Trusting in Jesus

 •  6 min. read  •  grade level: 8
Some years ago whilst going round with some Tracts in a certain poor district, I knocked at the door of a garret-room in a high back-land. As no one opened, and I thought I heard a faint voice within, I raised the latch and entered. In a bed in the wall, supporting himself on one arm, whilst the other hand held back the bed curtain, was a strange weird-looking old man: his eyes gleaming out of an unshaven face, gave him a peculiarly wild look, the effect of which was heightened by the eager gesticulation with which he immediately began to address me, in what at first appeared to be an unknown tongue.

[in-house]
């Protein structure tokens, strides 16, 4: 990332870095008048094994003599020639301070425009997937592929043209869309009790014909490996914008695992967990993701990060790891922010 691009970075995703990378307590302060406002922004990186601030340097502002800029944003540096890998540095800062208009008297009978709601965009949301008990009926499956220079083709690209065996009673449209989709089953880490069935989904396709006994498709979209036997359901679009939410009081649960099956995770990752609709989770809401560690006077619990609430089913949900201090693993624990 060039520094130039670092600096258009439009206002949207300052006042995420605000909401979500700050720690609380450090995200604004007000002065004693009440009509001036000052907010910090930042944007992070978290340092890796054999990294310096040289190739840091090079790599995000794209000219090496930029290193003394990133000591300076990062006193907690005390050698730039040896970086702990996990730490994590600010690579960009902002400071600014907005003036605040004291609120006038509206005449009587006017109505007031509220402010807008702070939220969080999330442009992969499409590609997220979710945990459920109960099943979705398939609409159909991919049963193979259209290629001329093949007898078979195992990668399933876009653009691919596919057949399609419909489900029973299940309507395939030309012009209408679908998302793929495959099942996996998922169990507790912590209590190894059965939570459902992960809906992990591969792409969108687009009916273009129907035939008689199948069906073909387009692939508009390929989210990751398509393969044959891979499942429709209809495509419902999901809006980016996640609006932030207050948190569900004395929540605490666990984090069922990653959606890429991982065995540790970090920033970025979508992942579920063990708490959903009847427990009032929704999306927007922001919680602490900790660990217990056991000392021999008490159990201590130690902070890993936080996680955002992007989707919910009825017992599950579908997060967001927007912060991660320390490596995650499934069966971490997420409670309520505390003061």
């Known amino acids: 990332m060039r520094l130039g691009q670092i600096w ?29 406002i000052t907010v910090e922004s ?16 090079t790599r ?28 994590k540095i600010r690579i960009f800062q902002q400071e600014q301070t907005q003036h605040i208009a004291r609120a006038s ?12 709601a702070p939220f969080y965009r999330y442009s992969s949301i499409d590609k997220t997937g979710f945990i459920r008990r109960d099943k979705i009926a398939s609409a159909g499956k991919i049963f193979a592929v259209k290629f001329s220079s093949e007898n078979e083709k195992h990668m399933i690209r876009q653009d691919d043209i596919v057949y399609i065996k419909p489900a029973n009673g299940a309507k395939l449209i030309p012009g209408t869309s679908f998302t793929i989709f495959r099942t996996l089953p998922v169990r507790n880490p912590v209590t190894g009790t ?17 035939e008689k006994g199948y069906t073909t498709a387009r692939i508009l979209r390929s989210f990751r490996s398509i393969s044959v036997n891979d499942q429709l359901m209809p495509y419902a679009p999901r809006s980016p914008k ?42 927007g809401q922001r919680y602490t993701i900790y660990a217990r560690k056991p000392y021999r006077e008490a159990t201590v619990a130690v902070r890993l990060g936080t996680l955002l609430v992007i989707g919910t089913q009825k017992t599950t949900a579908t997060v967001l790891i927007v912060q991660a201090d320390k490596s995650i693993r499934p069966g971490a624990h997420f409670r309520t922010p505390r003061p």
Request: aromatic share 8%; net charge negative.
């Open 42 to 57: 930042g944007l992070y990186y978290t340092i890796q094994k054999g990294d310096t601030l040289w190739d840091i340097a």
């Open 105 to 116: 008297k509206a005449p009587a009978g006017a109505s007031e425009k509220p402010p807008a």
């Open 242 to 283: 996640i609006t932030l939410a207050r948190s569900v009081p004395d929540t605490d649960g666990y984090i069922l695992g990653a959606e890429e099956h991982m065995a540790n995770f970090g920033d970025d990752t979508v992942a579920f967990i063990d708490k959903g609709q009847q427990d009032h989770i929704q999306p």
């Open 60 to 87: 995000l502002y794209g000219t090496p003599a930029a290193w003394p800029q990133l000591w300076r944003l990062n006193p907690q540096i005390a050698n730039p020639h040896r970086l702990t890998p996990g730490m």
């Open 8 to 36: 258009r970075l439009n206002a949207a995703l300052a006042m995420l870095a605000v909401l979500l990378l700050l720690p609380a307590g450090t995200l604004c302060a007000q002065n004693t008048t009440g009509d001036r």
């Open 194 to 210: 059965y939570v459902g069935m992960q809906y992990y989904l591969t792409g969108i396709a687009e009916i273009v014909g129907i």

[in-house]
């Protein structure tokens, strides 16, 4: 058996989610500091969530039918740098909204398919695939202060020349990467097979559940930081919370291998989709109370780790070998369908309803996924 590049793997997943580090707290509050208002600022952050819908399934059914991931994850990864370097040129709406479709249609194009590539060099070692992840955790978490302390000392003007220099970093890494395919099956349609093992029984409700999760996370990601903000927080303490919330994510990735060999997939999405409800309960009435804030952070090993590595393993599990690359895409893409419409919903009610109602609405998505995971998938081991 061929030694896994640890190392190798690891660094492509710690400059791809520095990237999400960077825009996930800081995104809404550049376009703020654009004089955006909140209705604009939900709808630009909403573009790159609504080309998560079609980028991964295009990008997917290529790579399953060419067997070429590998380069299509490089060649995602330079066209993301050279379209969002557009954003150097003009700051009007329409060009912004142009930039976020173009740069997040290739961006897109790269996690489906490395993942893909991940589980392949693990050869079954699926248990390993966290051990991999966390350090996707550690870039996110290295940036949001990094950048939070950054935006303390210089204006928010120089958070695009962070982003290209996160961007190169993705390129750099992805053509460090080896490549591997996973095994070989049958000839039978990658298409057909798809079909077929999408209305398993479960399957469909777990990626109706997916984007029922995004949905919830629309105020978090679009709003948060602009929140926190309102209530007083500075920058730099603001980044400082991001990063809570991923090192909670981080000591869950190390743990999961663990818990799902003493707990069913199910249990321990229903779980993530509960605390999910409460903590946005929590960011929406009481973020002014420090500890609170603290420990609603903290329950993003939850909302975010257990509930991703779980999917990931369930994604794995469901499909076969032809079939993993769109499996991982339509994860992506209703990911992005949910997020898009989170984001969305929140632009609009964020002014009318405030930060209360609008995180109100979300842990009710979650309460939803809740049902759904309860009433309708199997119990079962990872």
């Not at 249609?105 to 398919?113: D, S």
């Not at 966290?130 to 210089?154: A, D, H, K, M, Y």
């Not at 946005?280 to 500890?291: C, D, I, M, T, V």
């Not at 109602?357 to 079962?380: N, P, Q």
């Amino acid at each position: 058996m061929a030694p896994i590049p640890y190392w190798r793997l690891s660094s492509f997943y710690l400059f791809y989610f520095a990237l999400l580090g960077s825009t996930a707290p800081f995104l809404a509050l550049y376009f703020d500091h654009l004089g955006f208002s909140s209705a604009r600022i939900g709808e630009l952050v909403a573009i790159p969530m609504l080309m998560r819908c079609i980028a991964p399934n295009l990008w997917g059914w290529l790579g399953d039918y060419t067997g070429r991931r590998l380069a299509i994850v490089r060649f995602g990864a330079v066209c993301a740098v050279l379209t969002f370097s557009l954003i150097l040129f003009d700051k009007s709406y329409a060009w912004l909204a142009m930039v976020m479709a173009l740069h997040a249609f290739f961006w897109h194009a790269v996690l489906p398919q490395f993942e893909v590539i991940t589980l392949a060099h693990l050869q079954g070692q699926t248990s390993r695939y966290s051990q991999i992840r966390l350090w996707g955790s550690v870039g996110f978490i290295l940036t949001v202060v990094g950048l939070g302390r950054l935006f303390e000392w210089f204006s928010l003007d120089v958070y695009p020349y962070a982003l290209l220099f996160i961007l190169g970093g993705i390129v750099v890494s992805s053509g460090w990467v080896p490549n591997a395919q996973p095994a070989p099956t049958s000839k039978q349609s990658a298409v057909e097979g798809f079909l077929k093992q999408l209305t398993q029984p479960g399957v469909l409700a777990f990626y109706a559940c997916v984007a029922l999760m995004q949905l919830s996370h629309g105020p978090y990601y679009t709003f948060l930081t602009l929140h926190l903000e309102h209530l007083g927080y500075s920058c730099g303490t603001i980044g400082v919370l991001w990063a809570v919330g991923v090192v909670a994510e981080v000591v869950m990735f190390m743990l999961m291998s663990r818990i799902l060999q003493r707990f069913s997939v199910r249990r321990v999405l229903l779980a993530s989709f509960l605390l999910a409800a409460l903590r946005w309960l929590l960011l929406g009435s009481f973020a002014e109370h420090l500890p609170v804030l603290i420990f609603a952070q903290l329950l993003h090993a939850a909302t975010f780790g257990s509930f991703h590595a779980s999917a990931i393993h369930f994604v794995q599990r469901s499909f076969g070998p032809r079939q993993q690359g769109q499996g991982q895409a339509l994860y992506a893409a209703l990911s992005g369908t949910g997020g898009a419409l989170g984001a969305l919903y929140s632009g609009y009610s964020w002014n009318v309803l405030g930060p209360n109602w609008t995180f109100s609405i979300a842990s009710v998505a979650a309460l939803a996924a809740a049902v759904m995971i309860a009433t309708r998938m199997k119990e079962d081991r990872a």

He turned out to be an old Highlander, who could scarcely speak a word of English. With some difficulty I made out that he lived alone in the house, and was not on speaking terms with his neighbors, that he had seen no one since the day before; and having been suddenly taken very ill, had not been able to leave his bed to make his state known, nor to get as much as a drink of water. As I turned to see if I could not supply this want, I was struck with the bare desolate look of everything in the little room. A small pan was on the hob; but only black cinders in the grate; and opening the cupboard, not a particle of food of any kind was there but an old dry crust. He drank the cold water eagerly, and on giving back the cup, laid hold of my hands, with his dry burning ones, as if after aid I would leave him, before he had finished all he had to say. He had been long too ill to work, he said, and now “the bawbees were all done,” he would have to apply to the parish for assistance; but he had no one to send, and did not know how to set about it. But I had come, as he said, a good Missionary, I would manage the whole thing for him, and with the words, “I’m trusting all to you,” he sank down exhausted on his wretched bed. He had thrown his burden of care upon me, and with this last effort his worn-out mind and body succumbed. He could answer no questions, nor did he understand a word I said, and the only thing for me was to take up the case. So with these words, “I’m trusting all to you,” urging me on, I rested not till the poor friendless dying man was cared for.